| David Cameron’s proposed immigration laws criticised by UN!

David Cameron’s proposed immigration laws criticised by UN ~ , The Telegraph.

A document released from the office the UN high commissioner for refugees claims that genuine asylum seekers could be damaged by the proposed rules.

Prime Minister David Cameron delivering a speech

David Cameron, the Prime Minister, has been criticised over his proposed changes to immigration laws Photo: REX

David Cameron’s proposed immigration laws could stigmatise foreigners and create a “climate of ethnic profiling”, the UN refugee agency has said.

The immigration bill could deny housing to those in desperate need and damage communities, according to a highly critical document from the office of Antonio Guterres, the UN high commissioner for refugees.

The commission has expressed concern that legal refugees and asylum seekers will get caught up in the proposed new laws, which are designed to crack down on illegal immigrants.

In a briefing note to MPs about the paper, seen by the Guardian, the agency states that the provisions “appear likely to result in asylum seekers, refugees and beneficiaries of subsidiary protection being stigmatised in the public mind and in their being denied access to housing and bank accounts.”

They warn that the measures “could contribute toward a climate of misunderstanding and ethnic profiling” which in the long term could prove detrimental to social cohesion”.

The UN also called on the international community to offer not only humanitarian aid for refugees, but also resettlement opportunities outside the country, and Labour is urging the Government to accept 400-500 Syrians, including torture victims, women and girls at high risk and people with family links to the UK.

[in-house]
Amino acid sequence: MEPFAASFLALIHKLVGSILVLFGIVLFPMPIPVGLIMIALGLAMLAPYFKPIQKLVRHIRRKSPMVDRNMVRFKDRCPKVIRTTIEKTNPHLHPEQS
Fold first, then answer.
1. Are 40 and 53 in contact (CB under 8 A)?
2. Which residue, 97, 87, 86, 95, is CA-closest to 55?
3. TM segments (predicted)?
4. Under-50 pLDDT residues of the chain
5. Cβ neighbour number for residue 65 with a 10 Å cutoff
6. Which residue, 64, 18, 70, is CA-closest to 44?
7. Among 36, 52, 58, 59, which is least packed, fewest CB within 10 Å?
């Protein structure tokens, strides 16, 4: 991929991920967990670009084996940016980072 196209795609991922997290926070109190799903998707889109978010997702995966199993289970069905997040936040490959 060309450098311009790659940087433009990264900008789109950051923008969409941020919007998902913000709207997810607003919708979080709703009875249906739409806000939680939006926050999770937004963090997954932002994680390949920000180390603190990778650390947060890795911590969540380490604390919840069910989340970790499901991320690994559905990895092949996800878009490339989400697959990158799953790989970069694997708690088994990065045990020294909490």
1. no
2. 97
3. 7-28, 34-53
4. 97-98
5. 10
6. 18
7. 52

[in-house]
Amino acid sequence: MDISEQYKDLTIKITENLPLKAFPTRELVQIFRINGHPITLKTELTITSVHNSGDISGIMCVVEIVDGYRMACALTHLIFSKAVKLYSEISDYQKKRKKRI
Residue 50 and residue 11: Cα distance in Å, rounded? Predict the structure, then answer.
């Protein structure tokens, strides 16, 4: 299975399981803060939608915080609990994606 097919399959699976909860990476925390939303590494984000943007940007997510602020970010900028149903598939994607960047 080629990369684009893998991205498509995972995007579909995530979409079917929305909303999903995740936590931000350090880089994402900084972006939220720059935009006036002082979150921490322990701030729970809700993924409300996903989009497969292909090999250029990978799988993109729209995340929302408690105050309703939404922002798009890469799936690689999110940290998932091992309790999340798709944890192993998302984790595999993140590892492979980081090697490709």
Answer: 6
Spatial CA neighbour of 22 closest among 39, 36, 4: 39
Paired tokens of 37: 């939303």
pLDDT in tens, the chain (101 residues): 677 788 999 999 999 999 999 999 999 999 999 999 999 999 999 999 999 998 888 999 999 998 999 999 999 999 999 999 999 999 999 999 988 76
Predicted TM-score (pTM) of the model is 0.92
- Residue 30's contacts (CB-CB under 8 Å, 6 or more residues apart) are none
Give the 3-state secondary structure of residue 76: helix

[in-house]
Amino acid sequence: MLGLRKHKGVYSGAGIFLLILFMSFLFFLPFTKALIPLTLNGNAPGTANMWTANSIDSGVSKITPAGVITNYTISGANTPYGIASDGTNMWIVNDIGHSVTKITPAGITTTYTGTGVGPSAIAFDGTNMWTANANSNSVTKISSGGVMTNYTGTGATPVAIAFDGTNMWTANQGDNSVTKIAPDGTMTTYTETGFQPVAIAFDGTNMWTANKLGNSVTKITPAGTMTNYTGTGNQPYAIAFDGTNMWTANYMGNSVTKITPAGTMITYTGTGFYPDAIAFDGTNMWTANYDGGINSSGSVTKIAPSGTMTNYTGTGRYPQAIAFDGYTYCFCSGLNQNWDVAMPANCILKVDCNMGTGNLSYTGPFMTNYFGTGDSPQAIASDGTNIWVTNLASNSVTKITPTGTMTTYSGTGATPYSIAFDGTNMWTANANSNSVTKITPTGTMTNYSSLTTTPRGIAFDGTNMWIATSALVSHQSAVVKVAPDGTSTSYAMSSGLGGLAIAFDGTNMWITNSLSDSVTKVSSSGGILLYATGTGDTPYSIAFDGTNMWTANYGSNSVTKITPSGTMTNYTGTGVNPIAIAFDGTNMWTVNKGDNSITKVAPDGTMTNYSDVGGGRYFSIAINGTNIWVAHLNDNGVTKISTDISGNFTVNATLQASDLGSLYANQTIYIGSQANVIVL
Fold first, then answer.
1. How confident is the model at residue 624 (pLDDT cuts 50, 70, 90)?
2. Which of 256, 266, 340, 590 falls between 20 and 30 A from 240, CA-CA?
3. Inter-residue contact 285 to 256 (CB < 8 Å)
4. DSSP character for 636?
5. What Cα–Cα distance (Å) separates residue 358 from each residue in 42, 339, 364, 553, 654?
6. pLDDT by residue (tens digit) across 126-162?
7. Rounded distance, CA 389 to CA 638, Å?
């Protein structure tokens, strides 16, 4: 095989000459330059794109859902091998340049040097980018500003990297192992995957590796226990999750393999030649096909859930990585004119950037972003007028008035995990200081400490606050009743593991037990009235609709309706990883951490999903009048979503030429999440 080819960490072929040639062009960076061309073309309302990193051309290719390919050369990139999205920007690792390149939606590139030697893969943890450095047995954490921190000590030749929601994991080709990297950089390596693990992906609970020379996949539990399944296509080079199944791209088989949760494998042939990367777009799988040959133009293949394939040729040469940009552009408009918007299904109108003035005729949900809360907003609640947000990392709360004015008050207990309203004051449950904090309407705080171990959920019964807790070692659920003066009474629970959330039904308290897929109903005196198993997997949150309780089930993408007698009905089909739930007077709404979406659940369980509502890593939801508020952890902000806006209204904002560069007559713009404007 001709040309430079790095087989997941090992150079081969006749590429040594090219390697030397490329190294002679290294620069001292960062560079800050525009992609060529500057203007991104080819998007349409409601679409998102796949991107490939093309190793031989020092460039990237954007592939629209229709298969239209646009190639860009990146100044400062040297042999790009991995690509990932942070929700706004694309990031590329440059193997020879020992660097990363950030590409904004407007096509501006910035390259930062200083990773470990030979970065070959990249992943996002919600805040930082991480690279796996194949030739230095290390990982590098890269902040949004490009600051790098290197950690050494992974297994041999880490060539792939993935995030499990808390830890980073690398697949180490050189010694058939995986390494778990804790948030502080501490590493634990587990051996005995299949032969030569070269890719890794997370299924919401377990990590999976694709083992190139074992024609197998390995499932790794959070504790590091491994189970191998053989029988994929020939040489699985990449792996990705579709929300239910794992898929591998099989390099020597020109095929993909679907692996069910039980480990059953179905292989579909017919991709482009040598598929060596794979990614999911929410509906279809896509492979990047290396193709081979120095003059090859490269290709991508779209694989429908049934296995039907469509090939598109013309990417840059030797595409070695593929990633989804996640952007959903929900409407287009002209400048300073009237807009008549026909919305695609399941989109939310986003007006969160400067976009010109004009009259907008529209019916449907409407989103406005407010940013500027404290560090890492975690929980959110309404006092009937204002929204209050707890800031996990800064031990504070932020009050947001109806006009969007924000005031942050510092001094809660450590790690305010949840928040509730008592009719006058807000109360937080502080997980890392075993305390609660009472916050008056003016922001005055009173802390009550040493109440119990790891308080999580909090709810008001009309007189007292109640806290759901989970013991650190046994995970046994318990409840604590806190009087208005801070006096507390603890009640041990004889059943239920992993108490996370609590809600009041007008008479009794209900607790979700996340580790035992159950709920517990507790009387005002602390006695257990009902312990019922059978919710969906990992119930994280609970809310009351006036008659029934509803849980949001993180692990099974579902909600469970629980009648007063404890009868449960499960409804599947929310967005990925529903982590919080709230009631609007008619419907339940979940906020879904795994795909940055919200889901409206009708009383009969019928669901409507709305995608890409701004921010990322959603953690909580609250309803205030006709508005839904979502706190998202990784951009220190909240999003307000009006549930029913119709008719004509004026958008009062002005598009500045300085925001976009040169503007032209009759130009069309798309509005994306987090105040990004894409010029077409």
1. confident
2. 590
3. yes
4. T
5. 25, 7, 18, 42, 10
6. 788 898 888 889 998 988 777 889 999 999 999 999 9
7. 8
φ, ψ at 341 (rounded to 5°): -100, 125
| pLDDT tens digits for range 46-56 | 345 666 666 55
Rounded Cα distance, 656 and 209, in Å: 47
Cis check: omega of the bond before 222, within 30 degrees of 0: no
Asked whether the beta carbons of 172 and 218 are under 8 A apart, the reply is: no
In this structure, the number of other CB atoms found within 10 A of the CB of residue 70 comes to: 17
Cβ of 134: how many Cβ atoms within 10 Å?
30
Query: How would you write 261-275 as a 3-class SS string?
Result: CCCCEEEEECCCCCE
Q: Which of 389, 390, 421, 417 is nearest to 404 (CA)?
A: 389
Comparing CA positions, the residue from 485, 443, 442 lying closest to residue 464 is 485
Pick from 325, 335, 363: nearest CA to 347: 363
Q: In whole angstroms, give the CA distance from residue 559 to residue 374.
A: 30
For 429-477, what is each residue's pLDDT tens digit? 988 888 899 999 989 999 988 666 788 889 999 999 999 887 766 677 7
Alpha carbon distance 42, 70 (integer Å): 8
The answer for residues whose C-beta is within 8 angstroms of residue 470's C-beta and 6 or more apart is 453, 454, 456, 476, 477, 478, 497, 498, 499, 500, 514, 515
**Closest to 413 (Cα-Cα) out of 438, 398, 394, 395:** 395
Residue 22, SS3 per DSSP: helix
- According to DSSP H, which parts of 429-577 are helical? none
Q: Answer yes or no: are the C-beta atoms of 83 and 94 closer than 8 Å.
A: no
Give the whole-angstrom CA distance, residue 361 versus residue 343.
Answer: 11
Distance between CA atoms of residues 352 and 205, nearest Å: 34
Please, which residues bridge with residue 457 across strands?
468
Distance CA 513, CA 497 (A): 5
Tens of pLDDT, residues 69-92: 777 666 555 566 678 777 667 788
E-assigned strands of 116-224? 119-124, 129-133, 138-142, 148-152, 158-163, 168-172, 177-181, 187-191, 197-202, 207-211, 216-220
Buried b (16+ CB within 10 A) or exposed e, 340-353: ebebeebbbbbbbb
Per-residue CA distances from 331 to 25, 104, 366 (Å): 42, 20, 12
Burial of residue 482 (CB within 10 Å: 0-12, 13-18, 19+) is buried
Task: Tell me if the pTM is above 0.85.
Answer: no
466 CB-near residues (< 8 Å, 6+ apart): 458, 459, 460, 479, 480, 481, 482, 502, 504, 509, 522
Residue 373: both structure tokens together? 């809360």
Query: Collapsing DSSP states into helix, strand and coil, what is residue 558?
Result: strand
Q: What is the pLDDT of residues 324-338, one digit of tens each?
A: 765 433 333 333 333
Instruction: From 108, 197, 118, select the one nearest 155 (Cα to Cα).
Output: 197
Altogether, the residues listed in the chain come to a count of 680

After the report was released, Labour called on the Government to take in hundreds of Syrian refugees fleeing the fighting which has ravaged the Middle Eastern state for almost three years.

But ministers insist that Britain can best help by providing funds to assist those affected by the long-running civil war both inside Syria and in neighbouring states like Jordan, Lebanon, Turkey and Iraq.

The Home Office said Britain’s £500 million of official aid to Syria was the UK’s largest ever response to a humanitarian crisis, almost equalling the total given by the other 27 EU countries combined. Some £217 million is being spent inside Syria and £236 million in neighbouring countries.

Shadow Home Secretary Yvette Cooper said that Britain should join some 16 nations, including the USA, France and Germany, which have agreed to allow a total of more than 10,000 Syrians to move to their countries.

Ms Cooper told The Independent: “We should be rightly proud of our humanitarian aid effort and the generosity of the British people. But we should also do our part, alongside other countries within the UN’s programme, to provide a safe haven for some of the most vulnerable Syrian refugees fleeing this murderous conflict.

“The British Government cannot turn its back on these people. It is our moral duty to respond to the UN’s call for help for Syrian refugees – just as our country has helped those fleeing persecution for hundreds of years.”

Australia is understood to be planning to take in 500 Syrians for permanent resettlement and Sweden 400, while Germany will allow 5,000 temporary “humanitarian admissions” and France 500. The US has not set an upper limit.

The Refugee Council said only about 0.1% of Syrians displaced by the fighting have found refuge in the UK, and is urging people to send a message to Prime Minister David Cameron that “we must play our part in providing a safe haven for the most vulnerable fleeing the war”.

Antonio Guterres, the UN High Commissioner for Refugees, has said: “It is not only financial, economic, and technical support … which is needed.

“It also includes receiving through resettlement, humanitarian admission, family reunification or similar mechanisms, refugees who are today in the neighbouring countries but who can find a solution outside the region.”